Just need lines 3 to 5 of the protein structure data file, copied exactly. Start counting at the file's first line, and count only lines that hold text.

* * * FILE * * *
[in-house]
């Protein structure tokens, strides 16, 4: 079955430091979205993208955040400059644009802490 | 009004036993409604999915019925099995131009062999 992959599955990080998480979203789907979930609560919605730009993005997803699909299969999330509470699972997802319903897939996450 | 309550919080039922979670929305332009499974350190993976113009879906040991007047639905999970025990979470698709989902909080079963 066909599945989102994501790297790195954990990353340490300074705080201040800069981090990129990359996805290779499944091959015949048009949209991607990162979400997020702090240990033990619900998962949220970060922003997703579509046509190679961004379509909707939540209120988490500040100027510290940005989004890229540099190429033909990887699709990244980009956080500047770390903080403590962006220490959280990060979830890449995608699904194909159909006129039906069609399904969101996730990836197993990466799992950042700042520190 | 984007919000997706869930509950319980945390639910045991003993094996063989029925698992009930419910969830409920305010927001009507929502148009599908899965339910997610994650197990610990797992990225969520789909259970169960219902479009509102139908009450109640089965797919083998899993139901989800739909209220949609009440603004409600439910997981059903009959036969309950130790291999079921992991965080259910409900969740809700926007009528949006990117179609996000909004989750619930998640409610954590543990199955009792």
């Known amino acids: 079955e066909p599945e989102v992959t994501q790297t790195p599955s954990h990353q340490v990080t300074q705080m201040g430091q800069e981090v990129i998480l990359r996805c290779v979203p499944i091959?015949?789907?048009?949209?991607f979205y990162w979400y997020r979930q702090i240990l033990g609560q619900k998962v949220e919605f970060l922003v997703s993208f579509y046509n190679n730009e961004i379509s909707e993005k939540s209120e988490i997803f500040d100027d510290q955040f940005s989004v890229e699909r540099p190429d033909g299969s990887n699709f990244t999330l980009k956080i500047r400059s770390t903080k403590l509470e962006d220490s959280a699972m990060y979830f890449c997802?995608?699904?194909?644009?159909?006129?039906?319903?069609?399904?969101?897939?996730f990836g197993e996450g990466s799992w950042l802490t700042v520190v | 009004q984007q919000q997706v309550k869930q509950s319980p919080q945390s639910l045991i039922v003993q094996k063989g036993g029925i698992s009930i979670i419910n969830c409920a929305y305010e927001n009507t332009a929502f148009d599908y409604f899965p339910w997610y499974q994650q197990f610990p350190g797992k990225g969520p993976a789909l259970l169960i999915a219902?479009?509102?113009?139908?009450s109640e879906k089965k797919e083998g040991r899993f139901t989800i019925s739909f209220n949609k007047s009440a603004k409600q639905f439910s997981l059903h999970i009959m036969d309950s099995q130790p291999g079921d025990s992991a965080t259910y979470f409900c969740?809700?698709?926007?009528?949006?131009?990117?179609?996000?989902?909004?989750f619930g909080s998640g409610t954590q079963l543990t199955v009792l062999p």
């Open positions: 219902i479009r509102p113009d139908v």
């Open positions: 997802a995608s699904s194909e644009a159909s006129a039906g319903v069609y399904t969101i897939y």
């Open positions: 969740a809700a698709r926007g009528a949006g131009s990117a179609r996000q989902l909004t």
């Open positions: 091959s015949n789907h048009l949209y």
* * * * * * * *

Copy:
């Known amino acids: 079955e066909p599945e989102v992959t994501q790297t790195p599955s954990h990353q340490v990080t300074q705080m201040g430091q800069e981090v990129i998480l990359r996805c290779v979203p499944i091959?015949?789907?048009?949209?991607f979205y990162w979400y997020r979930q702090i240990l033990g609560q619900k998962v949220e919605f970060l922003v997703s993208f579509y046509n190679n730009e961004i379509s909707e993005k939540s209120e988490i997803f500040d100027d510290q955040f940005s989004v890229e699909r540099p190429d033909g299969s990887n699709f990244t999330l980009k956080i500047r400059s770390t903080k403590l509470e962006d220490s959280a699972m990060y979830f890449c997802?995608?699904?194909?644009?159909?006129?039906?319903?069609?399904?969101?897939?996730f990836g197993e996450g990466s799992w950042l802490t700042v520190v | 009004q984007q919000q997706v309550k869930q509950s319980p919080q945390s639910l045991i039922v003993q094996k063989g036993g029925i698992s009930i979670i419910n969830c409920a929305y305010e927001n009507t332009a929502f148009d599908y409604f899965p339910w997610y499974q994650q197990f610990p350190g797992k990225g969520p993976a789909l259970l169960i999915a219902?479009?509102?113009?139908?009450s109640e879906k089965k797919e083998g040991r899993f139901t989800i019925s739909f209220n949609k007047s009440a603004k409600q639905f439910s997981l059903h999970i009959m036969d309950s099995q130790p291999g079921d025990s992991a965080t259910y979470f409900c969740?809700?698709?926007?009528?949006?131009?990117?179609?996000?989902?909004?989750f619930g909080s998640g409610t954590q079963l543990t199955v009792l062999p």
């Open positions: 219902i479009r509102p113009d139908v």
């Open positions: 997802a995608s699904s194909e644009a159909s006129a039906g319903v069609y399904t969101i897939y």